Within a few years, or even sooner, oil extraction from wells will be physically unable to meet global demand. Prices will soar, fuelled by market-based panic, further hurting the airline industry. In addition, high oil prices will decrease consumer’s disposable income and dampen demand. The number of cash-strapped airlines will increase. The weaker airlines without hedging contracts, that somehow managed to survive in the short term, are doomed to collapse. In addition, higher fuel costs will dilute the competitive advantage that the low cost carriers have. The reason for this is that as fuel cost’s share of total cost increases, the relative share of all other operating expenses decreases, weakening the low cost advantages that these airline have traditionally based their model on. Another possible effect may be a relative increase in short haul travel, at the expense of long haul. The most successful airlines will most likely be the flag carriers from the Middle-East as this region will benefit from the high oil prices, allowing these airlines to go from strength to strength. Emirates have ordered 45 of the new giant new Airbus A380’s, which is key element in the company’s future growth, while experts believe that many Arab airlines will place more orders of Airbus and Boeing in the coming few years.

Long Term:
In a worst-case scenario, the long-term future for aviation is disastrous. As oil prices continue to rise, the world economy will be confronted with a major shock that will stunt economic growth and increase inflation. The chief economist of Morgan Stanley recently predicted that we have a 90 percent chance of facing “economic Armageddon.” During the transition period to a post oil era, there may be massive disruptions to transportation as the global decline of oil deepens. There will be social unrest and a strong reduction of business and government activity and very serious unemployment. Eventually, a large proportion of the demand for air travel will be almost completely destroyed, with the risk of the aviation adventure going out of business, with the exception of perhaps a handful of airlines. Once again, air travel will be reserved for the rich and for government business and the world will become a larger place again.

Solutions Must be Grounded in Science:
If we want to have at least a shot at changing this gloom-and-doom future scenario, it is vital that we fully understand the problem. It is what some call "an outside context problem"—so far from our normal realm of experience that we are collectively having a hard time processing it. The decline of oil is a certainty and is guaranteed by the natural laws that govern our physical world, and nothing in science, technology or engineering can prevent it. The world needs to prepare for a post-oil era and make huge commitments and sacrifices to avoid a deep crisis. With the little time that we have left, we need a well-orchestrated and large-scale intervention by governments from around the world to conserve the underlying fossil fuel base required to develop and implement sustainable energy sources capable of running countries like the United States—or even a substantial fraction of it—the way we are running them now. With a dwindling energy base, we may simply lack the tools and time to replace a fluid so cheap, abundant and versatile.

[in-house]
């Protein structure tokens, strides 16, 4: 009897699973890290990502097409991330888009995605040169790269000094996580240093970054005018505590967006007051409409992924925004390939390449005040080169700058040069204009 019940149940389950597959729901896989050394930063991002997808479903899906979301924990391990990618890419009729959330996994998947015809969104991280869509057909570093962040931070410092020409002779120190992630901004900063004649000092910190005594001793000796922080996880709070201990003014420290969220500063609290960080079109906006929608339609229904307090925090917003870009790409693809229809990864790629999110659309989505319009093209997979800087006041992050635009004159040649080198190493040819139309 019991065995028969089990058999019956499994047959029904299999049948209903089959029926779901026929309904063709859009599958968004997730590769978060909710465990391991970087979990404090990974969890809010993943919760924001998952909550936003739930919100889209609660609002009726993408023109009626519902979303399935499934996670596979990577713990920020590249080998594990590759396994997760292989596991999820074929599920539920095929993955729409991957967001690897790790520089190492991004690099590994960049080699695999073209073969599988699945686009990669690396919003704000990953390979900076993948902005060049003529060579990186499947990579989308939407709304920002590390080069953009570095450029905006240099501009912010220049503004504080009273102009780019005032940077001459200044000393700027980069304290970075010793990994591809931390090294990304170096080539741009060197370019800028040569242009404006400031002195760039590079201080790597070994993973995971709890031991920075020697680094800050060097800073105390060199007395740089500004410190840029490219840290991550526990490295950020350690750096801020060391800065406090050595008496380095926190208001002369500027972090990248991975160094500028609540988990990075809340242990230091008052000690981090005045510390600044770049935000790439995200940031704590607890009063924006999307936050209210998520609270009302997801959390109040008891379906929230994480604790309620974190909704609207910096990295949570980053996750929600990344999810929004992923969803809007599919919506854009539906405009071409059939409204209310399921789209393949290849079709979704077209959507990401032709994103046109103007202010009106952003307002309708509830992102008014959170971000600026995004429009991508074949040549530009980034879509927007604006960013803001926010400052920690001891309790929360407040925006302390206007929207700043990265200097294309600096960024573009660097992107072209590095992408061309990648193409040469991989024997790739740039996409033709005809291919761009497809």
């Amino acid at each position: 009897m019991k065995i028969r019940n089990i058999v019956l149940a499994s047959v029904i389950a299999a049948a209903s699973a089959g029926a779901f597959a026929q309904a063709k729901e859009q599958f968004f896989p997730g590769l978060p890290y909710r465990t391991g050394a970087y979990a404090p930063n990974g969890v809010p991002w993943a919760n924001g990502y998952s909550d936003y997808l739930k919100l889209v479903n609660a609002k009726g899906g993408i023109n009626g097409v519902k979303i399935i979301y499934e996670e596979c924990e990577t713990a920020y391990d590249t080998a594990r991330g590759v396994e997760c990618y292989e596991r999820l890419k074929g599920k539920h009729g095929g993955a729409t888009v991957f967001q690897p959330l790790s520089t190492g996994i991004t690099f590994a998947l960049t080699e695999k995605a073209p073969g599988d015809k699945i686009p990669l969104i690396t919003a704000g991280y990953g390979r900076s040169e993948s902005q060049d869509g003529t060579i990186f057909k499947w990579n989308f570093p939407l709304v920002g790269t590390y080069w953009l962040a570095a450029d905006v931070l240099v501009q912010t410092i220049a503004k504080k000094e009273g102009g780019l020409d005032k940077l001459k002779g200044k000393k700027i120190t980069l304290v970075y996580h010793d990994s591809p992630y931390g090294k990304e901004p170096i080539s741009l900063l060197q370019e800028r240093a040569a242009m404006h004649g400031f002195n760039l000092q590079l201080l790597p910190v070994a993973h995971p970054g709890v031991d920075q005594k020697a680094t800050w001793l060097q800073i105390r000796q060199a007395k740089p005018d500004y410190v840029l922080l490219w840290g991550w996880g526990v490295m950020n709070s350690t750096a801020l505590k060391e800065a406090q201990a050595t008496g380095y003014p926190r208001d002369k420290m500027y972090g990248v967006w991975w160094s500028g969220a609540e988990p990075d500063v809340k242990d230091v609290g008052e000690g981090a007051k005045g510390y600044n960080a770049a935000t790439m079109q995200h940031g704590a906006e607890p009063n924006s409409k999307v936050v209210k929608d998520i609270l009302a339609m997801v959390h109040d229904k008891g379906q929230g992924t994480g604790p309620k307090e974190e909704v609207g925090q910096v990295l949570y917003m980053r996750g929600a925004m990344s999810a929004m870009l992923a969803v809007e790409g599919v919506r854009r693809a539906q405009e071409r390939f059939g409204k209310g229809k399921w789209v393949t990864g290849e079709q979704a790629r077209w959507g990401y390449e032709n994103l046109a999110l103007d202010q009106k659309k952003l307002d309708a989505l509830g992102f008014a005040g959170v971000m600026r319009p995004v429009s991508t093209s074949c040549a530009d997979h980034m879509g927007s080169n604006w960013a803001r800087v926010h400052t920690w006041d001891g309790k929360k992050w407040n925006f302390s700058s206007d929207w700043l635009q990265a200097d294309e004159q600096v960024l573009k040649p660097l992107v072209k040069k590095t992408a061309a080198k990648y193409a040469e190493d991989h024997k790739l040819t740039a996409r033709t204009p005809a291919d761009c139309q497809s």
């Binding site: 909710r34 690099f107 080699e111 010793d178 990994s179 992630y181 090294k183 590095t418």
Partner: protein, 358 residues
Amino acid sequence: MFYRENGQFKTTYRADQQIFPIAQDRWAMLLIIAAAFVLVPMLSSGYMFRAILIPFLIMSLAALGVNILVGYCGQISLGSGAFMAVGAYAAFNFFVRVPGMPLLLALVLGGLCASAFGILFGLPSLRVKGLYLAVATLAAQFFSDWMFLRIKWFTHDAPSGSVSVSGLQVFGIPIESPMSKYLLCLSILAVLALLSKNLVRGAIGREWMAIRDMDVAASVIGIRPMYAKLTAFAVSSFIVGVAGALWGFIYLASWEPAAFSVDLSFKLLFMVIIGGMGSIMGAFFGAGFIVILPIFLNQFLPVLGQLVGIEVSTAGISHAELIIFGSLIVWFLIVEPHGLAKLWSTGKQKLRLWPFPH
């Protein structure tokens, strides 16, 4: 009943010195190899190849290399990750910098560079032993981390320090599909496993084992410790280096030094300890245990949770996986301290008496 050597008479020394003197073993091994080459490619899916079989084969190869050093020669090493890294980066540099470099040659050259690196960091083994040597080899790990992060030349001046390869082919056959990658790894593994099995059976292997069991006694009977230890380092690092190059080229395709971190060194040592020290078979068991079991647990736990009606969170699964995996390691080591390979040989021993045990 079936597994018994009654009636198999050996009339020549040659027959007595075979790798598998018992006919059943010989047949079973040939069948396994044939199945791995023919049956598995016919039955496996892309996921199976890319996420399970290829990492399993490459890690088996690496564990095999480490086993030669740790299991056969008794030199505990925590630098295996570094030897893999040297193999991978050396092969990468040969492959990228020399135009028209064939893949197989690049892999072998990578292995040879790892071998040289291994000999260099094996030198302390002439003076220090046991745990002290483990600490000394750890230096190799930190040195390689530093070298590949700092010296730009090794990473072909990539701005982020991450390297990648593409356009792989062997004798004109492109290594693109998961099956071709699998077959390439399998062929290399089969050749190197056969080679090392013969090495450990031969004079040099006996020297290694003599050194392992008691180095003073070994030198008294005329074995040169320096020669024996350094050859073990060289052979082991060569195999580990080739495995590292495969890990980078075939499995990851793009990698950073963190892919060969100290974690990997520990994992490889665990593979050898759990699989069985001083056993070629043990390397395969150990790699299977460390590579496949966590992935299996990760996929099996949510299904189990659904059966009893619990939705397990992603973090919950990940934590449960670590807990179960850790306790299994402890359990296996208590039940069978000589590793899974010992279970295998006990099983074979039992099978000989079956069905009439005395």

The traditional view of economists that the ever-insightful market will solve all problems is a fallacy. The supreme goal in all countries to raise incomes, living standards, and the GDP as much as possible, constantly and without any notion of a limit, is unattainable. On current trends, a country like China will be requiring 99 million barrels of oil per day by 2031, while total world production today is only 84 million barrels. Even present levels of production and consumption are grossly unsustainable with a shrinking energy base. The theory that economic stimulus will spur discoveries, and the market will maintain equilibrium, ignores the serious technical limitations of various replacement technologies. Furthermore, it assumes that the supply side can respond quickly in the short term, ignoring the long lead times required for any new oil projects and alternative energy projects to go online (up to 10 years) while disregarding the huge cost involved in modifying the trillion-dollar global infrastructure that was predicated on consistently low oil prices (aviation included). Finally, fundamental economic theory fails to address the laws of physics and thermodynamics. For example, looking at energy equations, to extract oil from the highly glorified tar sands takes two units of energy to produce three units and its net energy value is therefore marginal. In the early days of oil discovery, this ratio used to be 1:20. There will always be large deposits of oil left in the earth that would simply require more energy to extract than they yield regardless of the market price.

We must move quickly towards global regulations that will restrict economic growth and consumption of fossil fuels to allow the transition to a post-oil era to be as painless as possible. At present, it is impossible to get people or governments to even address this issue. However, to avert a future that is so drastically dislocated from the present, we must realign our thinking with our goal and take radical actions on a global scale.

For more information on Peak Oil see www.OilDecline.com.